Existing works on diffusion fail to account for the incapacitating effects conflict events may have on the operational capability of the combatant sides and how these effects may determine the evolution of a conflict. I hypothesize that it is those events with losses on the state side that are likely to be associated with geo-temporal spillovers, whereas events with insurgency losses are less likely to be associated with future mayhem in their vicinity. To test my arguments, I first introduce a new, comprehensive and detailed event dataset on the long-running civil conflict in Turkey. The Turkish State–PKK Conflict Event Database (TPCONED) includes the exact date and county-level location for the fatal events of the armed conflict between the Turkish state and the rebel organization PKK since its very beginning in 1984 with detailed information on combatant casualties. I then employ a split population bi-probit model which allows me to comprehensively depict the geotemporal evolution of the conflict by acknowledging, estimating and accounting for the variation in the underlying conflict proneness across locations as a latent variable that shapes the diffusion of events. The results of the statistical analyses offer support for my hypotheses and reveal that how events evolve over space and time is conditioned by the damages suffered by the combatant sides. I demonstrate the robustness of these results on a matched sample I obtain by employing the Coarsened Exact Matching (CEM) on the data.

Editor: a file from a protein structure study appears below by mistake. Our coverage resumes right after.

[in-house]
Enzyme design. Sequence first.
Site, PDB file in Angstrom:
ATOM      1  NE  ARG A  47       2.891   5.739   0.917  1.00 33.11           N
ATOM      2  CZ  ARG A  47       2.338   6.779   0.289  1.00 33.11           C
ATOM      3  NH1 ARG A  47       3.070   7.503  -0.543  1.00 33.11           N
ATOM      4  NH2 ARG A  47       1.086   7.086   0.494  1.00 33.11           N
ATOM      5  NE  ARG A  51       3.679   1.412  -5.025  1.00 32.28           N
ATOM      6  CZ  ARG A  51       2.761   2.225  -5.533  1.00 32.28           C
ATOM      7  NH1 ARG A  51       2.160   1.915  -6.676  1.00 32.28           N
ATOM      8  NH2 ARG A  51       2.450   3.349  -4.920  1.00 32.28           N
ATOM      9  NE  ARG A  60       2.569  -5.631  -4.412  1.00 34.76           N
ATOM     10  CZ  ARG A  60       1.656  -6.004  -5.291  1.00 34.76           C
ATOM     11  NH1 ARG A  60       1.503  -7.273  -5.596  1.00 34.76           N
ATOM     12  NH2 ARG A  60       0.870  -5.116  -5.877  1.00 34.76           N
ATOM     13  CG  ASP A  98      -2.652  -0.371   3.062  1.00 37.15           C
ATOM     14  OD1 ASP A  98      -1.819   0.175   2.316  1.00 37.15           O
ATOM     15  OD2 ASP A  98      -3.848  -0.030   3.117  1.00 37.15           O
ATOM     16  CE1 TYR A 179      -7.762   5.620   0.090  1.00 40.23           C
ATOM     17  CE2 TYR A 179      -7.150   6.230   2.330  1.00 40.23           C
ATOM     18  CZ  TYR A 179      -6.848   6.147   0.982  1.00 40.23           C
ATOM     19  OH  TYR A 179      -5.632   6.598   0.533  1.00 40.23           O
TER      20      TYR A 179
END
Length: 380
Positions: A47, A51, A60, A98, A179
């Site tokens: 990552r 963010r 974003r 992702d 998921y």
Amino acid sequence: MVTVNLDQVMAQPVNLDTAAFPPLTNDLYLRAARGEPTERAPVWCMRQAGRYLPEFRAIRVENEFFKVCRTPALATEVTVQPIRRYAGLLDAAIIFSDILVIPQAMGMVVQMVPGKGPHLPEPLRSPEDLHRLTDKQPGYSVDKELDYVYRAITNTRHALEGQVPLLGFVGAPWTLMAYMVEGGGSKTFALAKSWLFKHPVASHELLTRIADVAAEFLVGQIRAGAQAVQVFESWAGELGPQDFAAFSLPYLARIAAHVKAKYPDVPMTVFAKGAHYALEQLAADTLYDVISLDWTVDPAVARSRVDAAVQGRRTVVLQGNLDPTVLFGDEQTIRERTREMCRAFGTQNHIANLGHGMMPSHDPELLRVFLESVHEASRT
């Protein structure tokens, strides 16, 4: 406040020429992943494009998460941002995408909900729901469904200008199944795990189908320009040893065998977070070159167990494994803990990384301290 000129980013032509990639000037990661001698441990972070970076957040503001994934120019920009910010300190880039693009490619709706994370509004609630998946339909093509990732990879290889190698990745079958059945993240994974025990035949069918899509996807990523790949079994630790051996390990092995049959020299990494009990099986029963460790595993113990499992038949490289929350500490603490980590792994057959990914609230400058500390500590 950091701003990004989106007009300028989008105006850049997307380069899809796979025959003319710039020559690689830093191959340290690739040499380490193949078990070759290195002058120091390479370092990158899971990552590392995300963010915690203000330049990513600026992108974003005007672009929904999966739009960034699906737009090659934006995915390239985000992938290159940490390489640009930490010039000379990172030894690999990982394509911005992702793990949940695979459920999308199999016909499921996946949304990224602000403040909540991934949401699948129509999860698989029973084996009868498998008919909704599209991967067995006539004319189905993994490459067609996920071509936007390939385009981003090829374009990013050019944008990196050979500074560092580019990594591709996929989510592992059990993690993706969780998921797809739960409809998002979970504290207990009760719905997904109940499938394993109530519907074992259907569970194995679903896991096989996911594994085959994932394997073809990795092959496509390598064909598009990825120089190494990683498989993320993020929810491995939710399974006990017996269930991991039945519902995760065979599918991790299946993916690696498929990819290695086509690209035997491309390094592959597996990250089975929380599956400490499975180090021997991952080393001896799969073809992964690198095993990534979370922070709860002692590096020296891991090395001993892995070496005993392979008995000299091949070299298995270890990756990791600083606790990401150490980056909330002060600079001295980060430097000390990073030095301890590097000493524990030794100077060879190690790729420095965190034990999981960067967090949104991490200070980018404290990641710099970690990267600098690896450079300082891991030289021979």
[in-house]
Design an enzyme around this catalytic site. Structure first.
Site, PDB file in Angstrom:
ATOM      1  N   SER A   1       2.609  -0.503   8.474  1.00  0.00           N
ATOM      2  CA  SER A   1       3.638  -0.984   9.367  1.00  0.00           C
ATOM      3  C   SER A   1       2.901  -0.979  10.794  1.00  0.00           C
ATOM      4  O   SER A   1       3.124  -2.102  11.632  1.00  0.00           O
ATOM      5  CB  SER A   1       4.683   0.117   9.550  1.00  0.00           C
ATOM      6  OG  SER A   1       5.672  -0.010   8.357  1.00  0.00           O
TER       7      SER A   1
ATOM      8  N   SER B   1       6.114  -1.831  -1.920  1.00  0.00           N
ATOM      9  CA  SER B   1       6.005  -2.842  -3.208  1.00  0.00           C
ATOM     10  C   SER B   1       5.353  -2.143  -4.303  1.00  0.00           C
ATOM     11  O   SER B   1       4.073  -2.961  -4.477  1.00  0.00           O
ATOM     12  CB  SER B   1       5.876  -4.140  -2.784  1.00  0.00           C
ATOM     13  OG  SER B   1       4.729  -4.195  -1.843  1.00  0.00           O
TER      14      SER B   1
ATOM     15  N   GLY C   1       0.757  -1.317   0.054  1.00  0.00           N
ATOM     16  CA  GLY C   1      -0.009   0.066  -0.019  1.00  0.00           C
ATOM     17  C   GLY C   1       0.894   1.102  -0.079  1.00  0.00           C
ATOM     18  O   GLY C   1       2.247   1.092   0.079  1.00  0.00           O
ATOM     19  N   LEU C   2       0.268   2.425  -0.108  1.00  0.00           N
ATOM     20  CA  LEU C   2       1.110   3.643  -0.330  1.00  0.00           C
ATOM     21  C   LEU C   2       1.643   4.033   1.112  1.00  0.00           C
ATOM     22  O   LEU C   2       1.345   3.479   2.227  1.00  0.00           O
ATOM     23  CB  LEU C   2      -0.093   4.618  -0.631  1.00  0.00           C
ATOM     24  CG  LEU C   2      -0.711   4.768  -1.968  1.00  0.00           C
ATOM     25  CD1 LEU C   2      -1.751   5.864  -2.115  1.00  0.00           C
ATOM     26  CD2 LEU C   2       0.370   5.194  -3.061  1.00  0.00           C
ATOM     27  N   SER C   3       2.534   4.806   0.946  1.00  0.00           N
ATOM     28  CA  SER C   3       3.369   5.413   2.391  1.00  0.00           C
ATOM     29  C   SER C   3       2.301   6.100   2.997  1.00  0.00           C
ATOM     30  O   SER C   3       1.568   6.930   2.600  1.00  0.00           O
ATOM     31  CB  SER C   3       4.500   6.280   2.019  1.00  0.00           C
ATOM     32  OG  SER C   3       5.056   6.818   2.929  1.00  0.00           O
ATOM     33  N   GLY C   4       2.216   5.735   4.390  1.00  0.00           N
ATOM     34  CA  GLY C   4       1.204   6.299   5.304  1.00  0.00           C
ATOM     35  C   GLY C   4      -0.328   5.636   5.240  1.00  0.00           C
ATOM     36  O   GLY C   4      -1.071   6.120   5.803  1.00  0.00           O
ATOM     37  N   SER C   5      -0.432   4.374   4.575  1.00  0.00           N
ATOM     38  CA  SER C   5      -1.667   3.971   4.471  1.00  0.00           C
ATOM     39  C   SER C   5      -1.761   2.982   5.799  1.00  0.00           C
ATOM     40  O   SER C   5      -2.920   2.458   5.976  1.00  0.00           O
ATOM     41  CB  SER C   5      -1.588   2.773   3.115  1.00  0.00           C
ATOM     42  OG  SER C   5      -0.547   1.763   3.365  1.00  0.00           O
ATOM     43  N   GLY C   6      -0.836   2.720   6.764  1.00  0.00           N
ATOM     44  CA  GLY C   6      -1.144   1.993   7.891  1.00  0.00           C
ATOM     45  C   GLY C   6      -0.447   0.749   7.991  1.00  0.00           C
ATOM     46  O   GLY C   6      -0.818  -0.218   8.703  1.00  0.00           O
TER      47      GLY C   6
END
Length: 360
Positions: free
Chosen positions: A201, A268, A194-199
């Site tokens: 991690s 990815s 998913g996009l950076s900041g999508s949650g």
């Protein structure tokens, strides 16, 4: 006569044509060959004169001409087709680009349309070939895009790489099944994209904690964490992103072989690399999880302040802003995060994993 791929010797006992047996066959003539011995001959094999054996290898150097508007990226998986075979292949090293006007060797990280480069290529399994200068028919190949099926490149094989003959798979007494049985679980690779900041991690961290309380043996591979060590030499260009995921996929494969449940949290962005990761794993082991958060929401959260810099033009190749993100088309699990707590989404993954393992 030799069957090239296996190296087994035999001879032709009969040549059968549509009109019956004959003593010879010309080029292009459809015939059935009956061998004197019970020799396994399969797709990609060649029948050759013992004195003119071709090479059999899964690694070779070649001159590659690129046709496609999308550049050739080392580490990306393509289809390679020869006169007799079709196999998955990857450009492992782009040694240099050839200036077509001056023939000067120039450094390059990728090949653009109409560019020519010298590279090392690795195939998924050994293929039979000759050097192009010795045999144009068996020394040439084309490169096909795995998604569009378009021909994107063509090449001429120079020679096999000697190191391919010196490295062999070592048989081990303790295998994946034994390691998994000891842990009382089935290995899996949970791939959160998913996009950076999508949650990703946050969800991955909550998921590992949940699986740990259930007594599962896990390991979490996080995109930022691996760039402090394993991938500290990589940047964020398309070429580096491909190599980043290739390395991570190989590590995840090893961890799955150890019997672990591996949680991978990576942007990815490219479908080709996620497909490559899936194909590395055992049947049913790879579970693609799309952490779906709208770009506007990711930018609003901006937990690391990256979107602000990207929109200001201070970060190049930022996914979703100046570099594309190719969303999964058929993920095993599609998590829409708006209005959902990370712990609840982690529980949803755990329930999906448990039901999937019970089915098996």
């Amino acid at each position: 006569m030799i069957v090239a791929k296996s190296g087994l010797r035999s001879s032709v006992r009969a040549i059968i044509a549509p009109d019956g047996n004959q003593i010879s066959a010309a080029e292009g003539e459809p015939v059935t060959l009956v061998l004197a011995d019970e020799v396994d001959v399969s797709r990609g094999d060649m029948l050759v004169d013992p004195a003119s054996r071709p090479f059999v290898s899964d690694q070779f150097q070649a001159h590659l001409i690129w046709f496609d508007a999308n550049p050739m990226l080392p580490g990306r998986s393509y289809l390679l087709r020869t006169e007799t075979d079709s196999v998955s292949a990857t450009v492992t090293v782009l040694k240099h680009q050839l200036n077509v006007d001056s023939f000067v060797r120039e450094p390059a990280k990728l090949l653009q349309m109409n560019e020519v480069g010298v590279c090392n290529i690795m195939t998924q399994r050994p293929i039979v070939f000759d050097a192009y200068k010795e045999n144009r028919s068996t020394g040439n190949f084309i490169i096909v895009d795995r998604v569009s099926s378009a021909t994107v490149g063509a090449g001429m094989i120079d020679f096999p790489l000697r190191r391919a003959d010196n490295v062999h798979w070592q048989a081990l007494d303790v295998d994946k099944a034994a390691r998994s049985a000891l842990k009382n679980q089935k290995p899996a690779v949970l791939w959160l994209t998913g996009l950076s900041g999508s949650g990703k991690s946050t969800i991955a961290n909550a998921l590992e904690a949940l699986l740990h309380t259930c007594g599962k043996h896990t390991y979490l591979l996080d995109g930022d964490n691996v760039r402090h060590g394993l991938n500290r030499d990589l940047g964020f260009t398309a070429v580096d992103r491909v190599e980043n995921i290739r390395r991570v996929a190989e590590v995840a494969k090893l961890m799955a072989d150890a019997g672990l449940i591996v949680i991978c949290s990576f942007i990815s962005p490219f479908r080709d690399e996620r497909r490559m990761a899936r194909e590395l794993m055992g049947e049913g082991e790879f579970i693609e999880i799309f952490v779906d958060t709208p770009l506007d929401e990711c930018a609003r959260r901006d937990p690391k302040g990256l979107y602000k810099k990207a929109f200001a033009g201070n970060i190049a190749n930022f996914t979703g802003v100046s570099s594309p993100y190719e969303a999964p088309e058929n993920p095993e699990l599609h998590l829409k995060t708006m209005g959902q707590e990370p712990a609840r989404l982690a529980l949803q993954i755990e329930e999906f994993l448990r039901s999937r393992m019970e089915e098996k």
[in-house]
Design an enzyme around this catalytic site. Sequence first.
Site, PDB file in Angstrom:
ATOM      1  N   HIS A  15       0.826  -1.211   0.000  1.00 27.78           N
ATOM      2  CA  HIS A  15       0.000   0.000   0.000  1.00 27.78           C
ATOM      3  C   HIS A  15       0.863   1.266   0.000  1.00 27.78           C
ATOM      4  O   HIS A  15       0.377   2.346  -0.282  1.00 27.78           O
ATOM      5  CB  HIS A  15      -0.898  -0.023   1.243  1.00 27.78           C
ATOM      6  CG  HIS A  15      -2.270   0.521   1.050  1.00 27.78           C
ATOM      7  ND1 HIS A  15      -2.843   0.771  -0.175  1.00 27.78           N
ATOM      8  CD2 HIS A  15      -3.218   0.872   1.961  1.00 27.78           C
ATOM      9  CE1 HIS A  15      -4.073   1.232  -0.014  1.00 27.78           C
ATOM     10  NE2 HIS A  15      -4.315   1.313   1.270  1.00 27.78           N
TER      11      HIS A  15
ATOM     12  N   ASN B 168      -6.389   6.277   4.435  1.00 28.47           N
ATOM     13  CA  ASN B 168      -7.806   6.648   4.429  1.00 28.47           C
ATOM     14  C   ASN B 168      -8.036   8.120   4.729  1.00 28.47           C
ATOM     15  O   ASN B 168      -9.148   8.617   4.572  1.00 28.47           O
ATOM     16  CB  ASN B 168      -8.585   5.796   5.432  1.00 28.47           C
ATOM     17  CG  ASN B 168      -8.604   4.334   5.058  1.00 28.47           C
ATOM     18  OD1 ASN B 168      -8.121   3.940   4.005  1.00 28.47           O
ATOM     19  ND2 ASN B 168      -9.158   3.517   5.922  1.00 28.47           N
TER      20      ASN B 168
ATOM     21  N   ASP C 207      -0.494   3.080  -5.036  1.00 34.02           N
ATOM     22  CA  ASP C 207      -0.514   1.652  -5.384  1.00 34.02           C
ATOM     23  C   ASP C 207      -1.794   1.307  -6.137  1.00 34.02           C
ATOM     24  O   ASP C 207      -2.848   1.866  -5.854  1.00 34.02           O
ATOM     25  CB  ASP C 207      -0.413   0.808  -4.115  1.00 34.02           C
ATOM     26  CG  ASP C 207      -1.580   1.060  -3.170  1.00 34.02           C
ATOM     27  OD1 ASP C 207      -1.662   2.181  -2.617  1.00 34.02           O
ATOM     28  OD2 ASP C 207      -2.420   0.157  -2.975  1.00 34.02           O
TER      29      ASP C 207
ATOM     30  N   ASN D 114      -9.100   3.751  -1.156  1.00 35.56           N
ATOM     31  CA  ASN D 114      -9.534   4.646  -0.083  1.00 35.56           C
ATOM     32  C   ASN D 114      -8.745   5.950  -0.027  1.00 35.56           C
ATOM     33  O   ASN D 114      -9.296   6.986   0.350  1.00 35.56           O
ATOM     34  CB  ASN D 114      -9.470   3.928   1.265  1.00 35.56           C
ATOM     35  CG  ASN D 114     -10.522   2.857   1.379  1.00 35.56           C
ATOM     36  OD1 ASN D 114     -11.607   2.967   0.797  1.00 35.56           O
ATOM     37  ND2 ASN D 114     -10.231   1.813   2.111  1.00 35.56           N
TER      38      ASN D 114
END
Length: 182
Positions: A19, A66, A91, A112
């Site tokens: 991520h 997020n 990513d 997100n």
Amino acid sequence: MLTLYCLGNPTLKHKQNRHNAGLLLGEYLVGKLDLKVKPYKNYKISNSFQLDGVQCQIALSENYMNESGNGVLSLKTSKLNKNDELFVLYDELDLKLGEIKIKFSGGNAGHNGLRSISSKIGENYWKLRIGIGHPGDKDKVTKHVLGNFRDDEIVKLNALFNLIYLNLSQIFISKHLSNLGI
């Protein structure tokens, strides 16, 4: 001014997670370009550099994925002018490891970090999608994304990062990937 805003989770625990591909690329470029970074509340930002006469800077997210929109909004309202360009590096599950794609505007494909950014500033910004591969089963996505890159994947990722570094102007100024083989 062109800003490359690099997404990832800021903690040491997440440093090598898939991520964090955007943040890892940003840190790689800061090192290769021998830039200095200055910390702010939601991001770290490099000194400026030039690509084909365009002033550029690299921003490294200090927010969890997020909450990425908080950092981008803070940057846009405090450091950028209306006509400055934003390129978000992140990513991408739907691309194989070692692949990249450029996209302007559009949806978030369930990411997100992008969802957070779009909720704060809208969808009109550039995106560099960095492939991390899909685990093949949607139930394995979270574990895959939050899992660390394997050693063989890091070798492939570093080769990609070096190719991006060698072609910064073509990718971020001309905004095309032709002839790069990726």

This was originally published on SAGE Publications Ltd: Journal of Peace Research: Table of Contents.